Disproportionating enzyme or D-enzyme (EC 184.108.40.206) is an α-1,4 glucanotransferase which catalyses cleavage and transfer reactions involving α-1,4 linked glucans altering (disproportionating) the chain length distribution of pools of oligosaccharides. While D-enzyme has been well characterised in some plants, e.g. potato and Arabidopsis, very little is known about its abundance and function in cereals which constitute the major source of starch worldwide. To address this we have investigated D-enzyme in wheat (Triticum aestivum). Two putative D-enzyme cDNA clones have been isolated from tissue-specific cDNA libraries. TaDPE1-e, from an endosperm cDNA library, encodes a putative polypeptide of 575 amino acid residues including a predicted transit peptide of 41 amino acids. The second cDNA clone, TaDPE1-l, from an Aegilops taushii leaf cDNA library, encodes a putative polypeptide of 579 amino acids including a predicted transit peptide of 45 amino acids. The mature polypeptides TaDPE1-e and TaDPE1-l were calculated to be 59 and 60 kDa, respectively, and had 96% identity. The putative polypeptides had significant identity with deduced D-enzyme sequences from corn and rice, and all the expected conserved residues were present. Protein analysis revealed that D-enzyme is present in the amyloplast of developing endosperm and in the germinating seeds. D-enzyme was partially purified from wheat endosperm and shown to exhibit disproportionating activity in vitro by cleaving maltotriose to produce glucose as well as being able to use maltoheptaose as the donor for the addition of glucans to the outer chains of glycogen and amylopectin.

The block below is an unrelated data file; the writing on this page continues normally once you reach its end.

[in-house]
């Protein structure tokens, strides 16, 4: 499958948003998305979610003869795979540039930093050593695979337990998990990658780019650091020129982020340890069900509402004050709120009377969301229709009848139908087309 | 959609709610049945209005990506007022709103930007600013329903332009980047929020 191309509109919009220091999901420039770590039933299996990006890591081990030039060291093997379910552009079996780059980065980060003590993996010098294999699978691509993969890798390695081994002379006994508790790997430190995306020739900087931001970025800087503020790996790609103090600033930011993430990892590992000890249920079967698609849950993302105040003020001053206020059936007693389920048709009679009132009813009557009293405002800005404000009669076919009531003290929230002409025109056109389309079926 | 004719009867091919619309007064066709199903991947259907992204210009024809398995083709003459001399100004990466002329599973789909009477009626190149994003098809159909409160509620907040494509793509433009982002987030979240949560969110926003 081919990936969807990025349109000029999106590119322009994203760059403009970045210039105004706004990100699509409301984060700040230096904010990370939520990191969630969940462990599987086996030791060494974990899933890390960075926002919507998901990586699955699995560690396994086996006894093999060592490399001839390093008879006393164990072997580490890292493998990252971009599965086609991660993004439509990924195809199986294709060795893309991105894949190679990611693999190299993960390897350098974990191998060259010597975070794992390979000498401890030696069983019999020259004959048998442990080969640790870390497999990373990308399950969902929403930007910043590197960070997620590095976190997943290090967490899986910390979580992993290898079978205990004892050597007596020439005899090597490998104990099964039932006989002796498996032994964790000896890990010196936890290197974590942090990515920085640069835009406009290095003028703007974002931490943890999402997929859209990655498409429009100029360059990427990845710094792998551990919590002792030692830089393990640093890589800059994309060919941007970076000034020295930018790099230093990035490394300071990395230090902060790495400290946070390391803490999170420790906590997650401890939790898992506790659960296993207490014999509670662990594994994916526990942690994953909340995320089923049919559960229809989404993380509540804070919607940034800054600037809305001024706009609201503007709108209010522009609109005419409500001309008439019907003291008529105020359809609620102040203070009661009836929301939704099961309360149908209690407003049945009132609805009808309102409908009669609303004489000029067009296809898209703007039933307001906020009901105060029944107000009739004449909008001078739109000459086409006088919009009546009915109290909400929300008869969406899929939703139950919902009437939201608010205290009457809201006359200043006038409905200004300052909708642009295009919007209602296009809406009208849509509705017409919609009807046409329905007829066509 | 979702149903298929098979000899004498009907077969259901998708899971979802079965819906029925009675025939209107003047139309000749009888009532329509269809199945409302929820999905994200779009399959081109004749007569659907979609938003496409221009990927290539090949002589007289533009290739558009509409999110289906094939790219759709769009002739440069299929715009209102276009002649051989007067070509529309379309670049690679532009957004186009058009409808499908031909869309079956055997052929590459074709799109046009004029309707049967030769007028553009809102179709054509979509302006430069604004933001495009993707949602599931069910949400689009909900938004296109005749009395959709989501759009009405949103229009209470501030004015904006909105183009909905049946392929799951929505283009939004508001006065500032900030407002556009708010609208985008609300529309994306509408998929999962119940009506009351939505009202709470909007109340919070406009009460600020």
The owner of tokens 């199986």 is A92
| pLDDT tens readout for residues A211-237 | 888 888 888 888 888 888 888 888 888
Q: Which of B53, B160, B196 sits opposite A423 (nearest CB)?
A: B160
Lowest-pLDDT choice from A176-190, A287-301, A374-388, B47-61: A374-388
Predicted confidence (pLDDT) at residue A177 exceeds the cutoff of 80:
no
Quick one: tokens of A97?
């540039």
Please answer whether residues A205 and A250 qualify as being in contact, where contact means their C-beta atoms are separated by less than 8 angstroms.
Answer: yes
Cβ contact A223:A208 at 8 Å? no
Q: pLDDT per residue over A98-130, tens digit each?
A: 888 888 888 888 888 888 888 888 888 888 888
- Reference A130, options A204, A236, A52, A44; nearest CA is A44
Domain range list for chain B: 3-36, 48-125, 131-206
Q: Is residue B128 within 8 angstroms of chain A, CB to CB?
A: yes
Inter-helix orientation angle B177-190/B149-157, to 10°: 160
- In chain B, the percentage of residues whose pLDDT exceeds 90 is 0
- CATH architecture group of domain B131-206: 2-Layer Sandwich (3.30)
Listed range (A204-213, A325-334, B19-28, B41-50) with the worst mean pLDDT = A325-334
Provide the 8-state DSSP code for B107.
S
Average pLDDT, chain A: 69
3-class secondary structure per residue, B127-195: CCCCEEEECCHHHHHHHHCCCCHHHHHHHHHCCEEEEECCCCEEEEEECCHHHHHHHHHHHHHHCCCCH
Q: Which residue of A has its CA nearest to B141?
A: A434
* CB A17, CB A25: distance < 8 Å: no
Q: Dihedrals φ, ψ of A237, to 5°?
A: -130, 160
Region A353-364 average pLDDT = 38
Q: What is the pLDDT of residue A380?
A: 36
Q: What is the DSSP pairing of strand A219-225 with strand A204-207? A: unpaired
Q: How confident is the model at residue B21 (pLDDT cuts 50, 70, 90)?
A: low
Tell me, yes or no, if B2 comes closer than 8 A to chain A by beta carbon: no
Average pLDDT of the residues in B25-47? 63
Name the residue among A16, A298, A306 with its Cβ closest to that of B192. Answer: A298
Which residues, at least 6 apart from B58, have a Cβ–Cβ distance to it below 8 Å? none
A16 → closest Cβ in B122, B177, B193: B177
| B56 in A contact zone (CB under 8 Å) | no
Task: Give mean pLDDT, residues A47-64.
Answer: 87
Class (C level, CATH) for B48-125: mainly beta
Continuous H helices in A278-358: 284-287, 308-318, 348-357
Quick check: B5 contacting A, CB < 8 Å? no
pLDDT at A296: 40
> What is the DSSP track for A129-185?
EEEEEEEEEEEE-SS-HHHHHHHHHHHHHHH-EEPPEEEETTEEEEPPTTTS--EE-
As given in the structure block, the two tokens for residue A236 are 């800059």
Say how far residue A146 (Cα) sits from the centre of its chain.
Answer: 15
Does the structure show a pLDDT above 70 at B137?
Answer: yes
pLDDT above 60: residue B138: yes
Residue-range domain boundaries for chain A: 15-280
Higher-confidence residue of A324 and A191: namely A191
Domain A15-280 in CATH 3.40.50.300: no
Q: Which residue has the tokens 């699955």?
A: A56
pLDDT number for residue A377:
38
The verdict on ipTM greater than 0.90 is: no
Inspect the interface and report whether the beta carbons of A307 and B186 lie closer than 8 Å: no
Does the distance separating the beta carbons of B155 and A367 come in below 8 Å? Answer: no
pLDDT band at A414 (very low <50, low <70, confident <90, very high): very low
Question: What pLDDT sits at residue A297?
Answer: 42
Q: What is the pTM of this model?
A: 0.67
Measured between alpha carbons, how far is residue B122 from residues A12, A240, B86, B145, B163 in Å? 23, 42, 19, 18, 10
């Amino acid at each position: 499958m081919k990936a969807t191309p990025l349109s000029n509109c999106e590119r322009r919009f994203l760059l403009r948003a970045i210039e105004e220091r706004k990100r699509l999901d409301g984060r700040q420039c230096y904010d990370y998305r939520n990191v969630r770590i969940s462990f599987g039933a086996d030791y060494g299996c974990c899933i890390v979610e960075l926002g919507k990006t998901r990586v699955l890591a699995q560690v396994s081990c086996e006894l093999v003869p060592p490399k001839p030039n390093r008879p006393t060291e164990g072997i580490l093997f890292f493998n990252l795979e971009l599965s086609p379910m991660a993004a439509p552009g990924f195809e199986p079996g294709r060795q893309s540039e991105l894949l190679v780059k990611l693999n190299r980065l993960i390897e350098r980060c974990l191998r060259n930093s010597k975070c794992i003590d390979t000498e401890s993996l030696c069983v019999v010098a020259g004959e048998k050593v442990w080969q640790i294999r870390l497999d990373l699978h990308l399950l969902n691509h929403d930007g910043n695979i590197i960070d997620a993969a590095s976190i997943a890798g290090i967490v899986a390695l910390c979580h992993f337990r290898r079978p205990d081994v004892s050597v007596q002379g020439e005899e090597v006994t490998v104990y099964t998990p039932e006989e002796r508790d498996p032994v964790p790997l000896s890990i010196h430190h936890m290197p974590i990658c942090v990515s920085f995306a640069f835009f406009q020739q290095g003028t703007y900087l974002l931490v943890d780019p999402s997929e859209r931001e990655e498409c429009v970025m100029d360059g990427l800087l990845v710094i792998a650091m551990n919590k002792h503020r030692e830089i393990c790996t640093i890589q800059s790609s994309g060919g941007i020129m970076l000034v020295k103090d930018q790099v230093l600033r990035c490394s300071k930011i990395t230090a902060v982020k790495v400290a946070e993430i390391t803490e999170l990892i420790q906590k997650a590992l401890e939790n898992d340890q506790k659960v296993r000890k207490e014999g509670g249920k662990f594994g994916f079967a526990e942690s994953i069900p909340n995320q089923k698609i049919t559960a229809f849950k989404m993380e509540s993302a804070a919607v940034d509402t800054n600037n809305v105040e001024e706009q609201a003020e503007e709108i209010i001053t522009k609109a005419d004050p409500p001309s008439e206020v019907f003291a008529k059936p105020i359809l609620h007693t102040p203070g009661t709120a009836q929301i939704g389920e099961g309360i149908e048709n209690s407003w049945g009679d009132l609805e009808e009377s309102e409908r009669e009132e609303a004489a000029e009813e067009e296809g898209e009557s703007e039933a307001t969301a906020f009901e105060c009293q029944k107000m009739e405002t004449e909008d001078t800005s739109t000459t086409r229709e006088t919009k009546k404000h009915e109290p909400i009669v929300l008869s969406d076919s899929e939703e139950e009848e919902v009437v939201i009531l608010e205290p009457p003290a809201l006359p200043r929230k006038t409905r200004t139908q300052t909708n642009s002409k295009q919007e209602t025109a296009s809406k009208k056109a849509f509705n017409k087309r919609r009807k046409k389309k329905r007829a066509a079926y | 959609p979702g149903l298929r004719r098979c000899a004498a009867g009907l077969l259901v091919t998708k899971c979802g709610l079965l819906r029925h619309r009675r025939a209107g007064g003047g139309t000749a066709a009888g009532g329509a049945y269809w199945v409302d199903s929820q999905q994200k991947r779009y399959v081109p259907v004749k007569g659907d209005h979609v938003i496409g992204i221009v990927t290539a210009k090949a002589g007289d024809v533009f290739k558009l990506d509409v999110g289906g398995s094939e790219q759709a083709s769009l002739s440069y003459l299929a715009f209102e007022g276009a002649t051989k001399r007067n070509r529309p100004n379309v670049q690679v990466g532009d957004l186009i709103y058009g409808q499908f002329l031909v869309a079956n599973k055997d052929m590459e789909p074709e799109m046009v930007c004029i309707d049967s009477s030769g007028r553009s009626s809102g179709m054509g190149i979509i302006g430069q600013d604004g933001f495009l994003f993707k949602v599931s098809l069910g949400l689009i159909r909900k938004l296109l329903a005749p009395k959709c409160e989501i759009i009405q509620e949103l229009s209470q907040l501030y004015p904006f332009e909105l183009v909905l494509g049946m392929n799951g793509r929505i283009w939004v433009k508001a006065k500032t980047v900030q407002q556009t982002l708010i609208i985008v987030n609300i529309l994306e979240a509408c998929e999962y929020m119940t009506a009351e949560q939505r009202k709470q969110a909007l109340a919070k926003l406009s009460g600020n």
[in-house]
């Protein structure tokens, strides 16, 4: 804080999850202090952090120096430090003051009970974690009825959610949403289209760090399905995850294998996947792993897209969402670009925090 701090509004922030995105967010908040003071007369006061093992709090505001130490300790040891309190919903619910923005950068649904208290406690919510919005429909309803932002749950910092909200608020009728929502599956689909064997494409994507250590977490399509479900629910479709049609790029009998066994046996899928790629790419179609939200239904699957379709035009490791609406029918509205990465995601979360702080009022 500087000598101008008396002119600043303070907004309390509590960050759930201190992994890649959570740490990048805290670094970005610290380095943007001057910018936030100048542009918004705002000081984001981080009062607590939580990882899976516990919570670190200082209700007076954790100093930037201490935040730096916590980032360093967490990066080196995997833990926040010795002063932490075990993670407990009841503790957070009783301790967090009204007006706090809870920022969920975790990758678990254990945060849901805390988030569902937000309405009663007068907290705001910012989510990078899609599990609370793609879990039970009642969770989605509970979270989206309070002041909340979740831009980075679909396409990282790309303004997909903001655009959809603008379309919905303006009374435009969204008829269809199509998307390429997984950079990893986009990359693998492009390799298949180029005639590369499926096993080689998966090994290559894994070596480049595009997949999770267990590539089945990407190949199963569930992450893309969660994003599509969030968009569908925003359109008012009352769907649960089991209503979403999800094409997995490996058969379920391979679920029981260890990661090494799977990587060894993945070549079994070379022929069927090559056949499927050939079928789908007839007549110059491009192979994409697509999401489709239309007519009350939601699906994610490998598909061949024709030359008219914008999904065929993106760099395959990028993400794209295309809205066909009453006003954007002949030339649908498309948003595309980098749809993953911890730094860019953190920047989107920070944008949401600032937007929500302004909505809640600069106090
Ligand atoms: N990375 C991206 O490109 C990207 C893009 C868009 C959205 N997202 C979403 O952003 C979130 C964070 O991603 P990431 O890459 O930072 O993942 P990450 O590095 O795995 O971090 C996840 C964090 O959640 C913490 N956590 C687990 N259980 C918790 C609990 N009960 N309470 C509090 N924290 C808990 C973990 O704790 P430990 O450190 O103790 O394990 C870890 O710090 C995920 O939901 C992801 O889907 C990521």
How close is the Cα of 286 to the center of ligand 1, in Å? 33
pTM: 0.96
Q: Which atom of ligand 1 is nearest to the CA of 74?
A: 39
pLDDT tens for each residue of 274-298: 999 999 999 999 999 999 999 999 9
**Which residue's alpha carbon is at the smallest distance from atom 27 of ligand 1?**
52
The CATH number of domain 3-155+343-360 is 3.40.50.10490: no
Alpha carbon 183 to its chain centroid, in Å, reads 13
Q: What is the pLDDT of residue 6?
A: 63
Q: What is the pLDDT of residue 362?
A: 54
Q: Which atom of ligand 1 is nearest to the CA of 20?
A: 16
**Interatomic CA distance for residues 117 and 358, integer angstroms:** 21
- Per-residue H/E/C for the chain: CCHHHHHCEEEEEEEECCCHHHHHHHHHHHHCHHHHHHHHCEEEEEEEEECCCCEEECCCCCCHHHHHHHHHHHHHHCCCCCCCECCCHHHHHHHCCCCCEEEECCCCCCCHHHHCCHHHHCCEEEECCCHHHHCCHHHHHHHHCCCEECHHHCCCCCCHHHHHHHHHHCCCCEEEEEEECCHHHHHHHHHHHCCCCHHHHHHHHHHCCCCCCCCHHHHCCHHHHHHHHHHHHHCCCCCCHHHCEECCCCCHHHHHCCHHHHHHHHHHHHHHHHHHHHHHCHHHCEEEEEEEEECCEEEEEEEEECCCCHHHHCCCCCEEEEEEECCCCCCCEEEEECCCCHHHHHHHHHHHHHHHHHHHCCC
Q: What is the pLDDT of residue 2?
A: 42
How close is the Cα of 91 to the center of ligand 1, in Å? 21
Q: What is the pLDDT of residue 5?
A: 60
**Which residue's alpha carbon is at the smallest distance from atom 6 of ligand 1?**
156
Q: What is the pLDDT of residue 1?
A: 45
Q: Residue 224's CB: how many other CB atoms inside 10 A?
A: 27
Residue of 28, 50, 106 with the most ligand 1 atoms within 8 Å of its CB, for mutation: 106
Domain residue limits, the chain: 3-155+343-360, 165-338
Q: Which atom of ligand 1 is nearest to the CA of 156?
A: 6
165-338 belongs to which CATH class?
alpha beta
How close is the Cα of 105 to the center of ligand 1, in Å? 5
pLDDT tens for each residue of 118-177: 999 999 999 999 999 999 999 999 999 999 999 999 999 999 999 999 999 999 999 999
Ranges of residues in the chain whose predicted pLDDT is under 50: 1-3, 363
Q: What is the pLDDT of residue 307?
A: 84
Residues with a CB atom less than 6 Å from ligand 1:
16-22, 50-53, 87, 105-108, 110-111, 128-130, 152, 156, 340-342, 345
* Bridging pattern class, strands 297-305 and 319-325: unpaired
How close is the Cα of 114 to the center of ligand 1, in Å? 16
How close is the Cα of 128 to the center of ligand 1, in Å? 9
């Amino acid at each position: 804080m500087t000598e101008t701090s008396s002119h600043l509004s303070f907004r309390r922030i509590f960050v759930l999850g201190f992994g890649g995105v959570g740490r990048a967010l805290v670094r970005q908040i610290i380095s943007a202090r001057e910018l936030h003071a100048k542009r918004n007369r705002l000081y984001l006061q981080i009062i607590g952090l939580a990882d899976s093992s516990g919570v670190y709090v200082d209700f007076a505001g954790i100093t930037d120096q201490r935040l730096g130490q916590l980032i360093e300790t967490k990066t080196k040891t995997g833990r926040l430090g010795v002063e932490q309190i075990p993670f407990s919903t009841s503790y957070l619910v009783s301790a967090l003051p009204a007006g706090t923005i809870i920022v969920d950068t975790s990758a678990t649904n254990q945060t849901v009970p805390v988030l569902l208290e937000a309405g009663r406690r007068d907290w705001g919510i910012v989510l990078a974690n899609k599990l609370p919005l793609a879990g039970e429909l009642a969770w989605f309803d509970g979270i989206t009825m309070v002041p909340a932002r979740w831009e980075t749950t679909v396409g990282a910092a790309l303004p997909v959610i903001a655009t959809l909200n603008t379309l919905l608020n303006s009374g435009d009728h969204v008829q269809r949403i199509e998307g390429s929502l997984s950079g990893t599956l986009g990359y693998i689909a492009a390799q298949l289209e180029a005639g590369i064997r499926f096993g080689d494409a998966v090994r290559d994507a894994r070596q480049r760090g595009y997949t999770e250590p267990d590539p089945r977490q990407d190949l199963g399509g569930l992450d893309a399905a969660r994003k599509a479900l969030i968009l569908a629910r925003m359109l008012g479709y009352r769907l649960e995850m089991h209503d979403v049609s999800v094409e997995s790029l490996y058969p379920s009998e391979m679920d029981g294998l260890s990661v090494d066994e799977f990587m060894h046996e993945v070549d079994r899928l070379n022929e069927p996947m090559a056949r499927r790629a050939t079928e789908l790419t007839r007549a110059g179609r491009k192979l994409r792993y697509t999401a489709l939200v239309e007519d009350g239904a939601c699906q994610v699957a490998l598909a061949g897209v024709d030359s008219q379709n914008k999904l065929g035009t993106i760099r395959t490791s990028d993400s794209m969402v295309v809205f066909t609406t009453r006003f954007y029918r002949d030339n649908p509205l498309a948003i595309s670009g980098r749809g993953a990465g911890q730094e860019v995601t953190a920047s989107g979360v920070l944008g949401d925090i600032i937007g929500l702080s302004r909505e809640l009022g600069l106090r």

- Disproportionating enzyme
- Starch synthesis